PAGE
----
broadcasting innovation

Houston podcasters aim to showcase promising local energy tech startups

EnergyTech Startups, a podcast co-hosted by two Houston clean energy experts, exists to shine a spotlight on innovative companies and Houston as a hub for energy transition businesses. Photo via Unsplash

Houston has a bit of a perception problem, according to Jason Ethier, a long-time energy tech innovator and new podcast host.

"Houston isn't viewed as a cool place to build a company if you don't know how good it is to be here," he says on the Houston Innovators Podcast.

Ethier, who serves as senior director of membership at Greentown Labs, set out to fix that when he launched the EnergyTech Startups podcast last fall with co-host Lara Cottingham, the vice president of strategy, policy, and climate impact at Greentown Labs. To date, the show has introduced listeners to over 20 energy founders and is continuing to do so on a biweekly basis.

"As an entrepreneur, sometimes you feel a gap in the market in your bones and you just have to do something about it," Ethier explains on the origin of the show.

Jason Ethier and Lara Cottingham co-host the EnergyTech Startups podcast. Photos courtesy

With his background in the Northeast, Ethier has seen first hand how Houstonians are just different — they tackle tough challenges and are heads-down focused on these innovations.

"Houston has a lot going for it as a place to build a business, and we're not going to do it the Silicon Valley. We do things the Houston way — we build new technologies, we build big projects," Ethier says. "The funny thing about Houstonians I find is that they are very understated with what they achieve and accomplish like it's no big deal. But it is a big deal."

That's where Ethier and the podcast can help shine a spotlight on the unique innovation these startup founders are in the process of commercializing.

"The premise of EnergyTech Startups is that we're building an energy ecosystem here, and energy and climate are two sides of the same coin," he says. "People working on these energy technologies made the choice to come to Houston — they made the choice not to go to Silicon Valley or Boston."

The goal is twofold — give these startups the platform to tell their story and showcase Houston as the hub for energy innovation.

"How do we tell this Houston story so that whenever folks look at the map and say, 'where do I want to build my business?' they look at Houston and see it as a place they should end up," he says.

Listen to the full episode of the Houston Innovators Podcast with Jason Ethier.

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A View From HETI

HEXASpec was founded by Rice Ph.D. candidates Tianshu Zhai and Chen-Yang Lin, who are a part of Lilie’s 2024 Innovation Fellows program. Photo courtesy of Rice

A group of Rice University student-founded companies shared $100,000 of cash prizes at an annual startup competition — and three of those winning companies are focused on sustainable solutions.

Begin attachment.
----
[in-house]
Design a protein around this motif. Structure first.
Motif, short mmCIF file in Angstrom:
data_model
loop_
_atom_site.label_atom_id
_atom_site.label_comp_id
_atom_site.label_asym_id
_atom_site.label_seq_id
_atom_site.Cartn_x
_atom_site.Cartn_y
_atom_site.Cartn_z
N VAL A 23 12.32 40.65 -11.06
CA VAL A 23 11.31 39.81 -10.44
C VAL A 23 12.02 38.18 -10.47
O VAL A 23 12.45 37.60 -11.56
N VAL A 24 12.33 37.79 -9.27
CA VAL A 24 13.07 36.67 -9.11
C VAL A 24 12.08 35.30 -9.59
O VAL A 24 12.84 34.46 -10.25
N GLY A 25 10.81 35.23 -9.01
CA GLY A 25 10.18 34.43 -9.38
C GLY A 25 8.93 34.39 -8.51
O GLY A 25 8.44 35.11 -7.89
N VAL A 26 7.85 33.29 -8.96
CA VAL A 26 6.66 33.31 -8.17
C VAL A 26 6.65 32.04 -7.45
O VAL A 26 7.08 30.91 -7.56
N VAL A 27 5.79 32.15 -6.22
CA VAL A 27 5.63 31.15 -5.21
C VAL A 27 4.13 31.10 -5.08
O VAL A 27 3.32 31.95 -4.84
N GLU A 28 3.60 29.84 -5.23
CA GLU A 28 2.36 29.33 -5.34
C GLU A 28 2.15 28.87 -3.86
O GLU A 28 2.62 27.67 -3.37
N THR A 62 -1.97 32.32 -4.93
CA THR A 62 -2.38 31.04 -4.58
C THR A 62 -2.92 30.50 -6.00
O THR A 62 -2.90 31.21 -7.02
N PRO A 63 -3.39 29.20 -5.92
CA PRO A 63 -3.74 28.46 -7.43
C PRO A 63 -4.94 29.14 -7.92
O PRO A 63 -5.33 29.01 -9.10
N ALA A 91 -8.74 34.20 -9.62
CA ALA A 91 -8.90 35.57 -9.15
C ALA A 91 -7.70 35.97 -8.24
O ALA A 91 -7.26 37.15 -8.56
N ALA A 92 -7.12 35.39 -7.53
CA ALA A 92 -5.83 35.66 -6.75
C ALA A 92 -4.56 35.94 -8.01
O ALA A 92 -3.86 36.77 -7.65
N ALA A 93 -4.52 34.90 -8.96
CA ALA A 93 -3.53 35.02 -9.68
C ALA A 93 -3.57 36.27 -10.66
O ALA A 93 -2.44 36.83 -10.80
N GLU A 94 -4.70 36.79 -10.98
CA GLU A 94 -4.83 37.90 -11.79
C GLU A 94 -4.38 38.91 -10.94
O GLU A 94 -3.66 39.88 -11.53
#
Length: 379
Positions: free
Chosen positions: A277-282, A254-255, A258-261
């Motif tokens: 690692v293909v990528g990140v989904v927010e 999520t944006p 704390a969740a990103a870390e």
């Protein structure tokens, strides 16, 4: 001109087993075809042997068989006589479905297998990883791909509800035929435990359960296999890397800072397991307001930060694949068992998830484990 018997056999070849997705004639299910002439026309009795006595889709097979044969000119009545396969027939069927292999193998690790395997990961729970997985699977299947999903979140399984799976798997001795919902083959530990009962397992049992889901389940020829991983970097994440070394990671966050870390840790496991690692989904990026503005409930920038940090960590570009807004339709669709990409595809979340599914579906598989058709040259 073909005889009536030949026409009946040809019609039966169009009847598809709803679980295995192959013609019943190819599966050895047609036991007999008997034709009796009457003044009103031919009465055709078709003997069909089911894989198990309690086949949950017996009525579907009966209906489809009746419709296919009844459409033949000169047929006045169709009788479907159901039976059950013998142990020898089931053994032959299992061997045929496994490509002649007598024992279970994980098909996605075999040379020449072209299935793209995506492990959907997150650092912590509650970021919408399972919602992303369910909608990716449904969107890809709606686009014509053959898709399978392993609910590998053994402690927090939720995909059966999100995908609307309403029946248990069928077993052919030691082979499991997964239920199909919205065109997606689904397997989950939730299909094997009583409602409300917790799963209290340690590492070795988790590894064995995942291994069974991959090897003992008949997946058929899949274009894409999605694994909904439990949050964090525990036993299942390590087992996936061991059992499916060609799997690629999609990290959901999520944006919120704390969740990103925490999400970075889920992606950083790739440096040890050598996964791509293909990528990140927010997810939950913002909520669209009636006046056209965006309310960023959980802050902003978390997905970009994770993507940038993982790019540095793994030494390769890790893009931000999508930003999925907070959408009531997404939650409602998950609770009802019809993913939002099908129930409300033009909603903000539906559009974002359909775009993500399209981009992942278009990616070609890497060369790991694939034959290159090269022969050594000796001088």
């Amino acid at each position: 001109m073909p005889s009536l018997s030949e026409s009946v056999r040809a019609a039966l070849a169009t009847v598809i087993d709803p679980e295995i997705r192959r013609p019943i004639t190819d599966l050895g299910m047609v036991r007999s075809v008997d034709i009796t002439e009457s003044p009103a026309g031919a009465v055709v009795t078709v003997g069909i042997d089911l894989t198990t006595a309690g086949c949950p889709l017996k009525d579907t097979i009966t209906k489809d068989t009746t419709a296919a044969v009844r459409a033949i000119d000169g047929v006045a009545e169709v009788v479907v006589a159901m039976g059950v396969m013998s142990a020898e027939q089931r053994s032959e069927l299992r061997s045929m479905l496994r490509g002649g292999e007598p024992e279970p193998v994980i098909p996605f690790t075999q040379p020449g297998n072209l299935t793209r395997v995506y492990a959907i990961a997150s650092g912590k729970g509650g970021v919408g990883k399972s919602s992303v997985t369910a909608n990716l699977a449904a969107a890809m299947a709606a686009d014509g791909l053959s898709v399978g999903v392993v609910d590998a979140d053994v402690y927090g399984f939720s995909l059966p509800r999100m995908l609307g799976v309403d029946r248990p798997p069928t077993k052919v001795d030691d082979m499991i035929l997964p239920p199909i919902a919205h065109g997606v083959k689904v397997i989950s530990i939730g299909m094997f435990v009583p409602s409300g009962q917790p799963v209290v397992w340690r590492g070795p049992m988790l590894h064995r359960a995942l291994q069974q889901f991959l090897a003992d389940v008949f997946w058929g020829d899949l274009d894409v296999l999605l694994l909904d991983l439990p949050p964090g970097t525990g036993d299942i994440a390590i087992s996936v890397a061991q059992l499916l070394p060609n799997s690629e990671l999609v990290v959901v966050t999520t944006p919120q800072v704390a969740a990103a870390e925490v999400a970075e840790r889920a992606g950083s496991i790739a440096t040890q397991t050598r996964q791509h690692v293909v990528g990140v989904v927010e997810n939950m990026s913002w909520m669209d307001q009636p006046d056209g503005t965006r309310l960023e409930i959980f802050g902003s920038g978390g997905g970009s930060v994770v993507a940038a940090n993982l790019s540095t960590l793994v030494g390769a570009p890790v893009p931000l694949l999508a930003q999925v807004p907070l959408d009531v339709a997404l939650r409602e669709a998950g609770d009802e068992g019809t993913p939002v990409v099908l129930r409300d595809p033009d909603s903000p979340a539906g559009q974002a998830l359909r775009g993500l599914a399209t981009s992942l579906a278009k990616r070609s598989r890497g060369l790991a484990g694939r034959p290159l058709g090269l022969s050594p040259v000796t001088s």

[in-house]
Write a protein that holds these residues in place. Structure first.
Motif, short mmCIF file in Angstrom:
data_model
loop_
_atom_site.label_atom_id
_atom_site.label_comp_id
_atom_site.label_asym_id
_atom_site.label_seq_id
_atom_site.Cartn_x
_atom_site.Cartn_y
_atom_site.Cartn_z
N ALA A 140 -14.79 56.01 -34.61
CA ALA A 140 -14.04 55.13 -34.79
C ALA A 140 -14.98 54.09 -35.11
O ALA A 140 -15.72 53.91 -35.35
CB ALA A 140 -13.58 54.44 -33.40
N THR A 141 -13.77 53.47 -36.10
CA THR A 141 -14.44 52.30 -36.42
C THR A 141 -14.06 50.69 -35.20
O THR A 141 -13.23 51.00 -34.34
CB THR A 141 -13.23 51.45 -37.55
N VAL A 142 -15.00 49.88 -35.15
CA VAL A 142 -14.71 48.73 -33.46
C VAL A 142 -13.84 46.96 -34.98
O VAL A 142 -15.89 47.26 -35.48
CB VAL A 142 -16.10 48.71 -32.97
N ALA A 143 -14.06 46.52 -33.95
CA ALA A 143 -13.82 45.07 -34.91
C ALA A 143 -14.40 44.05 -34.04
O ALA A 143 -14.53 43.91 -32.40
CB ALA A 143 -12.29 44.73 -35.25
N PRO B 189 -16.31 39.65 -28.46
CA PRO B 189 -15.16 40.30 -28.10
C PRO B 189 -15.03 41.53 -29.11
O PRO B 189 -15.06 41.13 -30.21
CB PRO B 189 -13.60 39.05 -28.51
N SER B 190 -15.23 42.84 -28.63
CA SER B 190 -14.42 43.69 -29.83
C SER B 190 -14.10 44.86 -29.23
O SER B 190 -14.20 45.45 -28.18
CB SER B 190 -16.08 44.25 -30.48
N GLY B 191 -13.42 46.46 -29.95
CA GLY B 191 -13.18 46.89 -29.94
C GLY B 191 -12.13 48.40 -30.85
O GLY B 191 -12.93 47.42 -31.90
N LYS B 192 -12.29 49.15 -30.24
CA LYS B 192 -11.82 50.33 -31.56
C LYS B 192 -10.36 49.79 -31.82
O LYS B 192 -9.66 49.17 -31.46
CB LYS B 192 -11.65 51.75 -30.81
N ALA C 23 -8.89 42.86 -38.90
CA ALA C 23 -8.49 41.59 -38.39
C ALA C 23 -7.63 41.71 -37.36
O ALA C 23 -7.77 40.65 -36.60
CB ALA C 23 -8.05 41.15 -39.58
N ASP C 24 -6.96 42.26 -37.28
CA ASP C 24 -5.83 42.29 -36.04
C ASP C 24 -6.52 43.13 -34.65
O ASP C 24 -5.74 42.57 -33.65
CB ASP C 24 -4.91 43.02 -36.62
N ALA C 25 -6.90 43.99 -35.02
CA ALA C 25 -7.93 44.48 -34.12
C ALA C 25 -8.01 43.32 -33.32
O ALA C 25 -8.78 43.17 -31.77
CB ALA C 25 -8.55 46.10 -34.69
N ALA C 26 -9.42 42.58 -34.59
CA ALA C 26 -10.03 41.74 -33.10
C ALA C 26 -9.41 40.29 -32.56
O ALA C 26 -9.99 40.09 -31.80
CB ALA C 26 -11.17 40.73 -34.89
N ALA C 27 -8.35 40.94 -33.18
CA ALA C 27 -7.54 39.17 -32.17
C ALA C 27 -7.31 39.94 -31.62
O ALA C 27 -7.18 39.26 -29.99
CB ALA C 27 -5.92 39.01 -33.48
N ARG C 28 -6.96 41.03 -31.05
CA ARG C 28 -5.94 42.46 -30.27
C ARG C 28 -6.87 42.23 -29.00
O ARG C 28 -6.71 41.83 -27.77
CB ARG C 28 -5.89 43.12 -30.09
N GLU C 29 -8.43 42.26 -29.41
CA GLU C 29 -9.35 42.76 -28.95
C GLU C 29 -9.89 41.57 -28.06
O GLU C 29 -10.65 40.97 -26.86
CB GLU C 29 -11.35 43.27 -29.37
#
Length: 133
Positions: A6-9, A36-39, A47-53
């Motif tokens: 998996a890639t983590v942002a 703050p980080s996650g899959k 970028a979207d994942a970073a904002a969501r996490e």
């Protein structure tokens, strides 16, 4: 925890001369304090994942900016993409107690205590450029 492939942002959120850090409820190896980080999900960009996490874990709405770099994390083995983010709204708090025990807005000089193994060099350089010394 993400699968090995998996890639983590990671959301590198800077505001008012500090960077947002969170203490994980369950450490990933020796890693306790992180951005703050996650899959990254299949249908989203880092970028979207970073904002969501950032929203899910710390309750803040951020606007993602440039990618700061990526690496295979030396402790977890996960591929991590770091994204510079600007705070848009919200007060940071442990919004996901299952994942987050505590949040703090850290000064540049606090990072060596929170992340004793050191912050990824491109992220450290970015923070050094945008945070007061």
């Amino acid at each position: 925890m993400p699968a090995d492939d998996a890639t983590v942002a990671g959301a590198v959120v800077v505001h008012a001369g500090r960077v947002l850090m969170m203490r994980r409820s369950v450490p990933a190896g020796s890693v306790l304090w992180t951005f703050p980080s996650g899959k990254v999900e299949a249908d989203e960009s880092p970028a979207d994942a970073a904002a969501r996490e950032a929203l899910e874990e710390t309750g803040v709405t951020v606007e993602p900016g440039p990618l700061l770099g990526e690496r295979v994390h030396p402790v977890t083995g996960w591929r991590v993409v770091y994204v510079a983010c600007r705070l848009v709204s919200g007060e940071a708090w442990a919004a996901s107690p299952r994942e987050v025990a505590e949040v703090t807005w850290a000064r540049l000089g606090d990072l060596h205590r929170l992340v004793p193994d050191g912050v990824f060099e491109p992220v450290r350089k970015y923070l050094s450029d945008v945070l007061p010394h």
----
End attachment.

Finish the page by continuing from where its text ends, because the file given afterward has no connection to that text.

Liu Idea Lab for Innovation and Entrepreneurship's H. Albert Napier Rice Launch Challenge, hosted by Rice earlier this month, named its winners for 2024. HEXASpec, a company that's created a new material to improve heat management for the semiconductor industry, won the top prize and $50,000 cash.

Founded by Rice Ph.D. candidates Tianshu Zhai and Chen-Yang Lin, who are a part of Lilie’s 2024 Innovation Fellows program, HEXASpec is improving efficiency and sustainability within the semiconductor industry, which usually consumes millions of gallons of water used to cool data centers. According to Rice's news release, HEXASpec's "next-generation chip packaging offer 20 times higher thermal conductivity and improved protection performance, cooling the chips faster and reducing the operational surface temperature."

A few other sustainability-focused startups won prizes, too. CoFlux Purification, a company that has a technology that breaks down PFAS using a novel absorbent for chemical-free water, won second place and $25,000, as well as the Audience Choice Award, which came with an additional $2,000.

Solidec, a company that's working on a platform to produce chemicals from captured carbon, and HEXASpec won Outstanding Achievement in Climate Solutions Prizes, which came with $1,000.

The NRLC, open to Rice students, is Lilie's hallmark event. Last year's winner was fashion tech startup, Goldie.

“We are the home of everything entrepreneurship, innovation and research commercialization for the entire Rice student, faculty and alumni communities,” Kyle Judah, executive director at Lilie, says in a news release. “We’re a place for you to immerse yourself in a problem you care about, to experiment, to try and fail and keep trying and trying and trying again amongst a community of fellow rebels, coloring outside the lines of convention."

This year, the competition started with 100 student venture teams before being whittled down to the final five at the championship. The program is supported by Lilie’s mentor team, Frank Liu and the Liu Family Foundation, Rice Business, Rice’s Office of Innovation, and other donors

“The heart and soul of what we’re doing to really take it to the next level with entrepreneurship here at Rice is this fantastic team,” Peter Rodriguez, dean of Rice Business, adds. “And they’re doing an outstanding job every year, reaching further, bringing in more students. My understanding is we had more than 100 teams submit applications. It’s an extraordinarily high number. It tells you a lot about what we have at Rice and what this team has been cooking and making happen here at Rice for a long, long time.”

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This article originally ran on InnovationMap.

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